Reformed churches, in a general sense, all Protestant churches that claim a beginning in the Reformation. In more restricted and more usual historical usage, Reformed churches are those Protestant churches that had their ecclesiastical origin in the doctrines of John Calvin, as distinct from those that are Lutheran or Evangelical. Swiss and Dutch churches and many in Germany came to be denominated Reformed. The Reformed churches as a rule follow the polity of Presbyterianism. They tend toward a simple form of worship rather than elaborate ritual. In the United States, churches bearing the Reformed title include the Reformed Church in America, generally known as the Dutch Reformed Church, the Christian Reformed Church, the Evangelical and Reformed Church, and the Free Magyar Reformed Church in America. The first two trace their origin to Holland, the third to Germany and Switzerland, and the fourth to Hungary. See Calvinism.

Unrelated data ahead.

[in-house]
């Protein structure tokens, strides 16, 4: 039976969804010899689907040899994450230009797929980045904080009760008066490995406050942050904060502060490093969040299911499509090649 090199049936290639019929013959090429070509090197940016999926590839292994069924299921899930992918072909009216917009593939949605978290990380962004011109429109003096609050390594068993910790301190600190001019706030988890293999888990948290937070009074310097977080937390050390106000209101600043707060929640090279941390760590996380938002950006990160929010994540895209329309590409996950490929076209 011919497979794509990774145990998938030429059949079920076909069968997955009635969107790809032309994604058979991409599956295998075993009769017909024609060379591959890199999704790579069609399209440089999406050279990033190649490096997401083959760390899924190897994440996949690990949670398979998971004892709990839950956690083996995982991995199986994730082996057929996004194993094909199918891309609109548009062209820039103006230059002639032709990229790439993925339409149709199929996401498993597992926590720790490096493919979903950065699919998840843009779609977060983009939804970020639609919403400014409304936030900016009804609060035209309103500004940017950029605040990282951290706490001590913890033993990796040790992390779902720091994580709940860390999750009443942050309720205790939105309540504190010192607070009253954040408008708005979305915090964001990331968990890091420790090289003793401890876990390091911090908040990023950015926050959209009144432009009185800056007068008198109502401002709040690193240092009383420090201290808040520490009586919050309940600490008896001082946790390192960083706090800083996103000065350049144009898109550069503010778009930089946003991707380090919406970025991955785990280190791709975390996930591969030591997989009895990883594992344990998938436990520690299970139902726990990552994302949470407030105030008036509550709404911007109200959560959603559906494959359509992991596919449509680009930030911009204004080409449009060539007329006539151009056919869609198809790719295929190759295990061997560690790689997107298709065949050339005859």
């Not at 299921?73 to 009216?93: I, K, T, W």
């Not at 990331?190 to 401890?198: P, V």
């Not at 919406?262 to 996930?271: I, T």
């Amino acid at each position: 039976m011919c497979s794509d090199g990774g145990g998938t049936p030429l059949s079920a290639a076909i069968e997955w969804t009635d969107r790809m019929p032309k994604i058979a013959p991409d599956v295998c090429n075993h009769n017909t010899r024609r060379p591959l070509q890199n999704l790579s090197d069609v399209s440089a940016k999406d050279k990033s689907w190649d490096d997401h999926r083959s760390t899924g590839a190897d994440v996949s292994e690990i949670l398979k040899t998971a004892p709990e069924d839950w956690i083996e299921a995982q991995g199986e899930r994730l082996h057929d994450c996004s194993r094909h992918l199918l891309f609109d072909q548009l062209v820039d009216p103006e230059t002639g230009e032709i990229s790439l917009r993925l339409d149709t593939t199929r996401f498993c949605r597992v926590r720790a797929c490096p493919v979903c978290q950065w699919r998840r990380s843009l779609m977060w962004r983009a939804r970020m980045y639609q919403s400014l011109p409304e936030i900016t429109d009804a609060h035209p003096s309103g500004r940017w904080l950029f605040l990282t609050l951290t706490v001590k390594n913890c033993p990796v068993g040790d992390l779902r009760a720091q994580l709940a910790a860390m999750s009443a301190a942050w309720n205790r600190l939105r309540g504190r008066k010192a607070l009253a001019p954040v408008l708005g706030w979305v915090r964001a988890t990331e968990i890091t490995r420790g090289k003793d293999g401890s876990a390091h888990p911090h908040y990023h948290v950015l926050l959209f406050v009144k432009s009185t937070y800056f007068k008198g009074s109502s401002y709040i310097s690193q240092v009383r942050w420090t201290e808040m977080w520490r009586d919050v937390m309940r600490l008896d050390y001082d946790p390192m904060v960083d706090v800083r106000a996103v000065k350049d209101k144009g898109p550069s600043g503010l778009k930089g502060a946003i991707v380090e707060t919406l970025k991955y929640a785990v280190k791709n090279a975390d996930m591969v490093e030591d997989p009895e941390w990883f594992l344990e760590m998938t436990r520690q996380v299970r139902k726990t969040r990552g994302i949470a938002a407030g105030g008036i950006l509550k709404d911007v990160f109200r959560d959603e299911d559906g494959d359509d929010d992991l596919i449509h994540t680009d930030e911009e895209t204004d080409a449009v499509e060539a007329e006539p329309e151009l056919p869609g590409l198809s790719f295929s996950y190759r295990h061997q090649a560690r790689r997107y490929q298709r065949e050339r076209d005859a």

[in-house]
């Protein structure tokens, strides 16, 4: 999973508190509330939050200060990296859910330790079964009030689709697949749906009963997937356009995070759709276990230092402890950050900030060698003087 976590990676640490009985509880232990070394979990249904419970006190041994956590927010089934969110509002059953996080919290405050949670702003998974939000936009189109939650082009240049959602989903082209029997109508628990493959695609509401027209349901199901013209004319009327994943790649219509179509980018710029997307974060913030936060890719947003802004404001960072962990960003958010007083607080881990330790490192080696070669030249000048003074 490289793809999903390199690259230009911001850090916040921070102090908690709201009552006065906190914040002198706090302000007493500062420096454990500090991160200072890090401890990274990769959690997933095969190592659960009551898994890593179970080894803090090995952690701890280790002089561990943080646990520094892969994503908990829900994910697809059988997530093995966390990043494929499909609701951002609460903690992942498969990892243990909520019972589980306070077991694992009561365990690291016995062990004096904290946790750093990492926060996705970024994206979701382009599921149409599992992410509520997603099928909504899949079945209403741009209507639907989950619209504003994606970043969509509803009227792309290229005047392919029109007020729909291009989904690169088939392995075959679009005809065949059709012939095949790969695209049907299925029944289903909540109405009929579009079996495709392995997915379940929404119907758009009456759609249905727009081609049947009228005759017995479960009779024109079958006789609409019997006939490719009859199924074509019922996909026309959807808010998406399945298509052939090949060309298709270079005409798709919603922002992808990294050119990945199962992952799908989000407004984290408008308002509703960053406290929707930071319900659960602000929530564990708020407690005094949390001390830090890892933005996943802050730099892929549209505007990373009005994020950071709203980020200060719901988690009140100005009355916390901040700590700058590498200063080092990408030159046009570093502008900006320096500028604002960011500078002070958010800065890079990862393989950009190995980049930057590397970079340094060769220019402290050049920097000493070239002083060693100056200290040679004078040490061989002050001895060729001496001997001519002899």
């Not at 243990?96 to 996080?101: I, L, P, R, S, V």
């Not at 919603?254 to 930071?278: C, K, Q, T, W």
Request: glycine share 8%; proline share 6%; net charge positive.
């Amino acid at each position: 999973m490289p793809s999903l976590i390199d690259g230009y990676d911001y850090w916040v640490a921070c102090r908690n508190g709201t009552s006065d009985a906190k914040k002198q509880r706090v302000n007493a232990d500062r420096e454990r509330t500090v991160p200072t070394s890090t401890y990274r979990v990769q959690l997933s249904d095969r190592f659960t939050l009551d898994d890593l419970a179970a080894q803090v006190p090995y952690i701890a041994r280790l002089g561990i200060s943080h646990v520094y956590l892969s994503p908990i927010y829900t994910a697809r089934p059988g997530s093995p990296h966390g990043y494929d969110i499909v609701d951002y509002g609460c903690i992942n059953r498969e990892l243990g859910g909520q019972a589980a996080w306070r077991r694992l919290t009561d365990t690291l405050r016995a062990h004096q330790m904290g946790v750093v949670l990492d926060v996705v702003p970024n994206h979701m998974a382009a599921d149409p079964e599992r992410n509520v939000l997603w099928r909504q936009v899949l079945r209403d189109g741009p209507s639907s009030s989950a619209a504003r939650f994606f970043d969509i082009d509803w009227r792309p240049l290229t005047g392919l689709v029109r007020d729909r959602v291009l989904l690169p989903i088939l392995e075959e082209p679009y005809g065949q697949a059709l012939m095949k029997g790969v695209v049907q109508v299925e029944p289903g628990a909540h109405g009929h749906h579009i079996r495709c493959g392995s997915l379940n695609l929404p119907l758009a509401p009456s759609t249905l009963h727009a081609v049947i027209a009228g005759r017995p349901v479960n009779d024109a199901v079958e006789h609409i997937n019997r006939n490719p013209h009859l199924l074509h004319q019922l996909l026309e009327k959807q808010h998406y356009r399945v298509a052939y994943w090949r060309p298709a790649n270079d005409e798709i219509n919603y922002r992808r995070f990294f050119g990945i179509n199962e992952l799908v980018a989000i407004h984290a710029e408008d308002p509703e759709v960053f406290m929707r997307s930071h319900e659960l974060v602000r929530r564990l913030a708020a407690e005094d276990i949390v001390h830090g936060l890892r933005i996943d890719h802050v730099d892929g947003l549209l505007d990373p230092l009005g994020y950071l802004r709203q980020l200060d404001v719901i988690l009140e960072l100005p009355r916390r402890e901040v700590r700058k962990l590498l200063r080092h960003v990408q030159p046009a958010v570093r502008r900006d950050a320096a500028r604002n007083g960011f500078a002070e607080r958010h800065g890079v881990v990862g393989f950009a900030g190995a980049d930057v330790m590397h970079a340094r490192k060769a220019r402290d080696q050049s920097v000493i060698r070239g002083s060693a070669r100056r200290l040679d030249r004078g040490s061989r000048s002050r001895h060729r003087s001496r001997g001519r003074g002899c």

The Columbia Electronic Encyclopedia, 6th ed. Copyright © 2012, Columbia University Press. All rights reserved.
See more Encyclopedia articles on: Protestant Denominations